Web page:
A dizzying fall in copper to a near four-year low compounded increasing concern in China over its economic slowdown on Wednesday to send a wave of unease sweeping through world markets.
World shares fell for fourth day, but it was copper, often seen as a proxy for China's fortunes, that grabbed the headlines as Shanghai futures fell by their 5 percent daily limit again and benchmark prices of the metal slumped to their lowest since 2010.
In Europe, bourses from London to Lisbon <.FTEU3> tumbled in early deals and safe-haven German government bonds were in demand as the jitters compounded the geopolitical tug-of-war between Russia and Kiev and the West over Crimea.
"Markets are watching what is happening in copper, with awe and trepidation," said Societe Generale head of currency strategy Kit Juckes.
"It's partly ongoing concern about Chinese growth (or lack thereof) and nagging worries about the Ukraine. And partly it is just that the commodity bubble burst last year and not everyone noticed."
Copper's plunge comes in the wake of China's first domestic bond default which has sparked concerns about the potential unraveling of loan deals where the industrial metal has been used as collateral.
The metal has been in freefall for the last three days but the worries finally appeared to be catching up with other parts of the market.
Stocks across Asia, although ironically not China, had seen sizable falls, while the Australian dollar and the Chilean peso and South Africa's rand, currencies highly sensitive to commodities, all buckled.
The aussie was last down 0.25 percent at $0.8960 though traders said it could have been a lot more had it not been for demand created by a big AUD$7 billion bond sale.
Japan's Nikkei <.N225> retreated 2.6 percent, continuing the see-saw pattern of the last couple of months, while Australian stocks shed 0.6 percent <.AXJO>. MSCI's broadest index of Asia-Pacific shares outside Japan <.MIAPJ0000PUS> fell 1.2 percent.
That mirrored a lackluster performance on Wall Street, where soft data left investors no wiser on whether the U.S. economy's troubles were merely weather-related or something more worrisome.
Economists worry that recent moves by China to stamp out speculation on its rising currency and overly easy lending may have overshot, adding to the broader strains on emerging markets.
The FTSEurofirst 300 <.FTEU3> index of top European shares was down 0.9 percent at 1,308.74 points by 0930 GMT, also dragged down by a 1.7 percent drop in European basic resources stocks <.SXPP> dominated by mining firms. <.EU>
Investors were hoping Chinese data on industrial output, retail sales and urban investment on Thursday might offer some clarity on where the economy is heading.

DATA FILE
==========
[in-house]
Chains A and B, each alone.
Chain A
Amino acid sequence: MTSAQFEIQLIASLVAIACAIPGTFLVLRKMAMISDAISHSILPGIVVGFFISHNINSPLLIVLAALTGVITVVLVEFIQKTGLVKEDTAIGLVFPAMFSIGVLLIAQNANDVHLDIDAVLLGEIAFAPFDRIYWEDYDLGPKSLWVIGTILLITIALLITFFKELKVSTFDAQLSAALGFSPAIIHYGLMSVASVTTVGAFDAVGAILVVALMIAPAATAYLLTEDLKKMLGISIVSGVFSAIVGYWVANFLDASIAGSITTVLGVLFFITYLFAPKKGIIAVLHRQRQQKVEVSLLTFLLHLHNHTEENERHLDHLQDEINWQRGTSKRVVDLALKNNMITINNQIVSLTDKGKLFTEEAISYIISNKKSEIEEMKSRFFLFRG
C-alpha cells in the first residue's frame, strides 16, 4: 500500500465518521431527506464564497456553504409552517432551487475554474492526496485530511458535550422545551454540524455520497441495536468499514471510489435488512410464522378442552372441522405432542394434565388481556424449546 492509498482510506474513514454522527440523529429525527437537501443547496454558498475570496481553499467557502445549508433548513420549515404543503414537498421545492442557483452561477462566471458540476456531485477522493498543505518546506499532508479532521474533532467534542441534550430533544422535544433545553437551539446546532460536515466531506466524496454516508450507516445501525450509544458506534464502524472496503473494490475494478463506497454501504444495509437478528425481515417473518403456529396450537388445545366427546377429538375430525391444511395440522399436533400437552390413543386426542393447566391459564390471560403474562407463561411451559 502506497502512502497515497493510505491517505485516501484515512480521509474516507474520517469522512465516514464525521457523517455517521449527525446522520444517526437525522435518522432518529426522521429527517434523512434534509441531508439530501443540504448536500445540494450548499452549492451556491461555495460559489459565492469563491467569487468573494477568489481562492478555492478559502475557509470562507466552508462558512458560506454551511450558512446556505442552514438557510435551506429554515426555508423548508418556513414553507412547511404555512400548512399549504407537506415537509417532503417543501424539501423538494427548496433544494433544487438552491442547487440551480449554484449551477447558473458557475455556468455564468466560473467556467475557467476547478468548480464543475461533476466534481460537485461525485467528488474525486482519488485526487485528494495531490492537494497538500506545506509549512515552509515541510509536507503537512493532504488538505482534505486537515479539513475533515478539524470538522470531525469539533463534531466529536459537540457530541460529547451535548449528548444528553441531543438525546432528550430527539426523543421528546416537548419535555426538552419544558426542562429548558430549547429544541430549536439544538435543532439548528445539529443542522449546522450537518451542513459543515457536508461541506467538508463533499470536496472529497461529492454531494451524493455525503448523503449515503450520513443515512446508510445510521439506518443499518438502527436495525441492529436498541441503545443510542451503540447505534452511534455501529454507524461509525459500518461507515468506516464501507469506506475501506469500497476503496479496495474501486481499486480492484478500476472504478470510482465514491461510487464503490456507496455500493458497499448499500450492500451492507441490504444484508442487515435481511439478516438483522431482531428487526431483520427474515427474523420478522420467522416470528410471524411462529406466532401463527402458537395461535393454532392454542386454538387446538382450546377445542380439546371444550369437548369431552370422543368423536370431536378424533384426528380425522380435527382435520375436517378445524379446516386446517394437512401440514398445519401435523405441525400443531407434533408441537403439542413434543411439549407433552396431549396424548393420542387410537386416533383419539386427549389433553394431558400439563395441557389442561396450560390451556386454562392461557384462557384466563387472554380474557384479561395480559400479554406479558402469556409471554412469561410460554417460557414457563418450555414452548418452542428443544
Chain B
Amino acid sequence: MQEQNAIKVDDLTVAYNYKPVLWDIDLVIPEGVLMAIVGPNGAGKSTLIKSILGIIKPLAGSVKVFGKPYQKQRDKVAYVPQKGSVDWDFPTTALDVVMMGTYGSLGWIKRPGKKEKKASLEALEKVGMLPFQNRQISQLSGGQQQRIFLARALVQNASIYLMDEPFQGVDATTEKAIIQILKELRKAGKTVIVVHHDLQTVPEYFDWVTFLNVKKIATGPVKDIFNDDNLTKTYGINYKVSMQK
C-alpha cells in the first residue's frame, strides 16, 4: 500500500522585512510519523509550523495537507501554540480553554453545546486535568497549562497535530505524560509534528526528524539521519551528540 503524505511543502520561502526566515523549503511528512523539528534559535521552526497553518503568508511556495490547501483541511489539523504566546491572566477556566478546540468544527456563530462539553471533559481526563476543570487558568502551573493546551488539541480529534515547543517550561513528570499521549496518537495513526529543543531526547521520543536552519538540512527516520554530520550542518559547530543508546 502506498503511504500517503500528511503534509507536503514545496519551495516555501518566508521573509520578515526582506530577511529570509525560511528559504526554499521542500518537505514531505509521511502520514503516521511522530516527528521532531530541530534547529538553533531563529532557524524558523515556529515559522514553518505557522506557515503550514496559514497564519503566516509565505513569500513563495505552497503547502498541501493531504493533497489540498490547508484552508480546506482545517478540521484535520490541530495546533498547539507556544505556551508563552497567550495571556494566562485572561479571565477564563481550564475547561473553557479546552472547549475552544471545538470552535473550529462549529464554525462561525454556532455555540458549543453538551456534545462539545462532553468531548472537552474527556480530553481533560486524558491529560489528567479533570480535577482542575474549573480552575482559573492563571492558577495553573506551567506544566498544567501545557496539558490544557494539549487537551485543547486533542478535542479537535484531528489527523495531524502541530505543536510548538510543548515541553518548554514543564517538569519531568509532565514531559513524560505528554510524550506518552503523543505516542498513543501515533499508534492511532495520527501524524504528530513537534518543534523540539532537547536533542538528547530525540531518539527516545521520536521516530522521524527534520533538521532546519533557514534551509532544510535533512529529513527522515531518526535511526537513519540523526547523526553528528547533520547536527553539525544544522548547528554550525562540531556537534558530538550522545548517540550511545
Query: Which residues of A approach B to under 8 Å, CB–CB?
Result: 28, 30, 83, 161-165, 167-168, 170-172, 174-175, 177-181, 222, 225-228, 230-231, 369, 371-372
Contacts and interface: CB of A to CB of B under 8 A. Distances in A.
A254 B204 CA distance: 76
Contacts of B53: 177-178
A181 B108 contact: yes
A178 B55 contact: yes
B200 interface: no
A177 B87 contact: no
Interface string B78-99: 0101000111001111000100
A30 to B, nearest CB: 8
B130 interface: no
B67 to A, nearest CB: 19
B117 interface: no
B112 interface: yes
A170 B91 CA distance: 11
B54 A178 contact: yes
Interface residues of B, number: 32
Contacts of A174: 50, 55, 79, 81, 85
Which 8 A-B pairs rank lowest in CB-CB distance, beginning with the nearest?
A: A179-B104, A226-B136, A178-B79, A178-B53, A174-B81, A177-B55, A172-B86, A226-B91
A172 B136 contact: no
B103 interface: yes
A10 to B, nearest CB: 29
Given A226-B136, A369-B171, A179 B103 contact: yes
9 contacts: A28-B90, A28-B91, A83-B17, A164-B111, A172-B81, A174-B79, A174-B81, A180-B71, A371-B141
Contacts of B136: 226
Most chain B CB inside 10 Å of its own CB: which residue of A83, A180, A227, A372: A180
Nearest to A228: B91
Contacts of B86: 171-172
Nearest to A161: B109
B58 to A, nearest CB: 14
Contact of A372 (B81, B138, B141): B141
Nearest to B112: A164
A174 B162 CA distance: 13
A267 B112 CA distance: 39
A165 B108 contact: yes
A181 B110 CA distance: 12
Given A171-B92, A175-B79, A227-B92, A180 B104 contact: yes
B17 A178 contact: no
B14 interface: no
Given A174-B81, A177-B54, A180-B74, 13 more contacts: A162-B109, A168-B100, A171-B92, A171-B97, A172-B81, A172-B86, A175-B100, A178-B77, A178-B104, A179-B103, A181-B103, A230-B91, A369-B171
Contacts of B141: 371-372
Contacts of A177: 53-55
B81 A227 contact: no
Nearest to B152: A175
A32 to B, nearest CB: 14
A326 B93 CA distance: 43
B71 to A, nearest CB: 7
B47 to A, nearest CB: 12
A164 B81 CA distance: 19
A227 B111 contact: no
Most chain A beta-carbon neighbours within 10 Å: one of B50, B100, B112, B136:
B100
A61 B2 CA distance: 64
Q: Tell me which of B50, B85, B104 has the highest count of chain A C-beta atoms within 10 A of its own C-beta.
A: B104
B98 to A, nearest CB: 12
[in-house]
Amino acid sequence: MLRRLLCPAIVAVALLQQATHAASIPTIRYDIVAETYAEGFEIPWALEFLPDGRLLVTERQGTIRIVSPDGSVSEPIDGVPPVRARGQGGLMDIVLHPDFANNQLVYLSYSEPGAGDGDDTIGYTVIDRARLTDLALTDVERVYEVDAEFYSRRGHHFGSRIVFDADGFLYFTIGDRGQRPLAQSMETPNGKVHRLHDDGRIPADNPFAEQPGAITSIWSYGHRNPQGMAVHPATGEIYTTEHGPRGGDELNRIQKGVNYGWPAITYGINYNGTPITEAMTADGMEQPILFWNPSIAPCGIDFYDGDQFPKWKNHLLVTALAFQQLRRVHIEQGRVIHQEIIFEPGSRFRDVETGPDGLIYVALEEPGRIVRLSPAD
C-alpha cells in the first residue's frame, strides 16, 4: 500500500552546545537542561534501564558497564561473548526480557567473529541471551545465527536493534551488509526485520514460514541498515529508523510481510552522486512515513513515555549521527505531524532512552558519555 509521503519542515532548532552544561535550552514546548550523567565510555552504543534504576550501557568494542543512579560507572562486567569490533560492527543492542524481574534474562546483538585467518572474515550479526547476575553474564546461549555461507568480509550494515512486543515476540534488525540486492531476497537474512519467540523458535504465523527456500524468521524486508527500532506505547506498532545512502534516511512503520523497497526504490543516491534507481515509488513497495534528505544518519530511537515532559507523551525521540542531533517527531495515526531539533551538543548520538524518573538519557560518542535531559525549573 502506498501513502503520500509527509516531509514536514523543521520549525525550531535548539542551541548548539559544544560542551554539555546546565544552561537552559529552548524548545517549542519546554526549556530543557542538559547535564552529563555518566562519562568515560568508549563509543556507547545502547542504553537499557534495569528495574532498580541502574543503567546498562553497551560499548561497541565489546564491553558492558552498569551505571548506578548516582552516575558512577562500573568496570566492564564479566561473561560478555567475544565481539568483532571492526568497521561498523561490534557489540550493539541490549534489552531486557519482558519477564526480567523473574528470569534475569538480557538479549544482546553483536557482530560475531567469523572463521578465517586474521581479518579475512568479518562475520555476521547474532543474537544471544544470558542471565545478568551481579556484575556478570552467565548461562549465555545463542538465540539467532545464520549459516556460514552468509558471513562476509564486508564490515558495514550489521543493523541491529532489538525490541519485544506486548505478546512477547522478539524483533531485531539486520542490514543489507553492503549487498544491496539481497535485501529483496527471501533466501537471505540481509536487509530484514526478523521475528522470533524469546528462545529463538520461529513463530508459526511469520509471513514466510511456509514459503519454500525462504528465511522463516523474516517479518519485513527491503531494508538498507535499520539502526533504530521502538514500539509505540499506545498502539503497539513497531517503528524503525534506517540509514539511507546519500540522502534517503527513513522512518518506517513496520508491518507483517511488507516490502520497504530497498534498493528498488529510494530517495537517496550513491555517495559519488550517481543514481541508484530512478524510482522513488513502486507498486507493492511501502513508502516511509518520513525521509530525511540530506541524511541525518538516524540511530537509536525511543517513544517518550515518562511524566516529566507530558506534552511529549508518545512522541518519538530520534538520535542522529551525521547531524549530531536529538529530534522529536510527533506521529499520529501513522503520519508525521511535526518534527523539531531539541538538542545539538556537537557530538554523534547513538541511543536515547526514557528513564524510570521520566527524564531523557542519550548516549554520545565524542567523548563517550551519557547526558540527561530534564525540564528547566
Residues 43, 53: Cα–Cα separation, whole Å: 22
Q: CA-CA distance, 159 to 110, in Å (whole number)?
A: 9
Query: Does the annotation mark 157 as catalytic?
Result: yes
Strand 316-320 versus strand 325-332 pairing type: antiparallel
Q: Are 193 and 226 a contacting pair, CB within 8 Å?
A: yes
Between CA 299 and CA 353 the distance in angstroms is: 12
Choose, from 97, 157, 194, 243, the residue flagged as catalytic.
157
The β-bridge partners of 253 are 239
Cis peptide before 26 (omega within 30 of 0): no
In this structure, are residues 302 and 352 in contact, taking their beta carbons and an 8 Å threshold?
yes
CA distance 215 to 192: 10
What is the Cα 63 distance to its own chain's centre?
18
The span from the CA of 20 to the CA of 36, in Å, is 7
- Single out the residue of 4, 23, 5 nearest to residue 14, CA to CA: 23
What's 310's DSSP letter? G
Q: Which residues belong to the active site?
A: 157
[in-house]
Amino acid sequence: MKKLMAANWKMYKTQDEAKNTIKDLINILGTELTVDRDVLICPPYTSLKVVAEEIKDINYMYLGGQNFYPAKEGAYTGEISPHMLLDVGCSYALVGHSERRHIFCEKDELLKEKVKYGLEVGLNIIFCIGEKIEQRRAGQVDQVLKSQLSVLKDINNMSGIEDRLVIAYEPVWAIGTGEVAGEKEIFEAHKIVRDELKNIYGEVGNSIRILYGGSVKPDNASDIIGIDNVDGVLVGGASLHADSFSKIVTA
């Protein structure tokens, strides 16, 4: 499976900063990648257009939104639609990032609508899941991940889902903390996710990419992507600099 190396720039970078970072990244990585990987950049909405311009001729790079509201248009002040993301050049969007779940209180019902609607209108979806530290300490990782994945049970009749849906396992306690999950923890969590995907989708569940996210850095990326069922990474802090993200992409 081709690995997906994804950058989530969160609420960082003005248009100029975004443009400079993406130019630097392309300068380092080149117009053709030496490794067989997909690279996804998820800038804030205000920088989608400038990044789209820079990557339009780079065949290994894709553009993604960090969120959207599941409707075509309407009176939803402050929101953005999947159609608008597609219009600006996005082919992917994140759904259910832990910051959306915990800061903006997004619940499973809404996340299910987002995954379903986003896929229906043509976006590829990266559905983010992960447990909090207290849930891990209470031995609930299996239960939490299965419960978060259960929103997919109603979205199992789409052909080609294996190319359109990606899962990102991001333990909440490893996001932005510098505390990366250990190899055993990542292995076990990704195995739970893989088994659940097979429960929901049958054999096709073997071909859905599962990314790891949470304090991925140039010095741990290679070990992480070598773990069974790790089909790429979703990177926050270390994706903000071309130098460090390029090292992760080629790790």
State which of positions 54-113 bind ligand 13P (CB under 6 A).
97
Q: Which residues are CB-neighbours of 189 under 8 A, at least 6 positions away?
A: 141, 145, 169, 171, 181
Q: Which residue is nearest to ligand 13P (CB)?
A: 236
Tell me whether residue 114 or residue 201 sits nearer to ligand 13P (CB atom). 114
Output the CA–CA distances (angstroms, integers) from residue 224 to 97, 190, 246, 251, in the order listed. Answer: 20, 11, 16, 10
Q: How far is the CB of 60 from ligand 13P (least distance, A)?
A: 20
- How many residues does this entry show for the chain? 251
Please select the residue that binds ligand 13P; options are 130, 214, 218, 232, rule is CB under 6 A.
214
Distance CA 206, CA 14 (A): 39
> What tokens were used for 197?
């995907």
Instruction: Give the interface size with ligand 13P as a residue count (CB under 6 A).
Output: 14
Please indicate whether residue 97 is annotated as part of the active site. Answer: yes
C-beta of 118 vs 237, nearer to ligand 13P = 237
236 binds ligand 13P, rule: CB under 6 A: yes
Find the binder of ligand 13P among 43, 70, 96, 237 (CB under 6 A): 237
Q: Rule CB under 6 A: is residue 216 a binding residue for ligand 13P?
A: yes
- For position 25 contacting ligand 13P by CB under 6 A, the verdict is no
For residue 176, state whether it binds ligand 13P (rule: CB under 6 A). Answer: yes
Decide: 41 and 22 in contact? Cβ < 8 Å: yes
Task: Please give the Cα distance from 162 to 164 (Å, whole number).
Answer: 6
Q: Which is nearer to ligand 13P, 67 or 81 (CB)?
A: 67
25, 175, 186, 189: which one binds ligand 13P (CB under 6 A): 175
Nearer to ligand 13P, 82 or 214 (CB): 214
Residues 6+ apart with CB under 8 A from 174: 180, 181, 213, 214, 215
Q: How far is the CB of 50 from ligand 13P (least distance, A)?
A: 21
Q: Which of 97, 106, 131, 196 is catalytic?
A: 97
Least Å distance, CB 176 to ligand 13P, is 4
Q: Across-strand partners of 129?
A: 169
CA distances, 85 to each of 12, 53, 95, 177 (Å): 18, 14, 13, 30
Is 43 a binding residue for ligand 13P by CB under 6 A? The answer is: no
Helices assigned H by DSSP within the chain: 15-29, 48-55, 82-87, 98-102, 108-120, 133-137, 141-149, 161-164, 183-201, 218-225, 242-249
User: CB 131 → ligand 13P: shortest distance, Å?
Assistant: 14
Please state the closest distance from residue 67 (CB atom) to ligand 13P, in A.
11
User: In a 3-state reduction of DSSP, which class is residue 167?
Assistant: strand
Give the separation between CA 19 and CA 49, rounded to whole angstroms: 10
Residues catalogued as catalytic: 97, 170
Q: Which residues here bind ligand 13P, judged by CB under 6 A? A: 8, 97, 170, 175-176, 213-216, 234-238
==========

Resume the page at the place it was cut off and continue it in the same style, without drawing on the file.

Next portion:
One potential positive was a Reuters report that China's central bank is prepared to re-loosen monetary policy if economic growth slows further by cutting the amount of cash that banks must keep as reserves.
Citing sources involved in internal policy discussions, the report said an easing would be triggered if growth slips below 7.5 percent, and would come on top of money market operations and currency intervention via state banks that traders say has already loosened monetary conditions overall.
In the meantime, caution was the watchword as concerns about the state of Chinese demand continued to pressure industrial commodities.
At least one U.S. scrap copper trader has suffered "large" losses after a buyer in China defaulted on a deal in the past week, one of the first signs that sinking prices and tightening credit are taking a toll on the physical market.
"Copper prices continue to slide on concerns that the cyclical metal may face tough times as China slows and rebalances away from investment into consumption," said analysts from Barclays in a note.
With the jitters starting to eat into broader confidence, U.S. government bonds began to gain after days of treading water. The dollar eased a touch on the yen to 102.97 as the Japanese currency also benefited.
Gold, another traditional favorite of risk adverse investors climbed to its highest in 5-1/2 months as it reached $1,362.25 an ounce.
Oil prices extended their pullback with Brent crude off 65 cents to $107.20 a barrel, while U.S. oil lost $1.34 to $98.69, it's lowest in a month and a half.
"The question in everybody's mind is - what is the biggest risk to oil? And it is China slowing down," said Jonathan Barratt, chief executive of commodity research firm Barratt's Bulletin in Sydney.
"People have figured out that what happens in Ukraine doesn't matter to oil markets so much. It may impact other commodities, but not so much oil."
(Additional reporting by Wayne Cole and Manash Goswami in Sydney; Editing by Toby Chopra)
By Marc Jones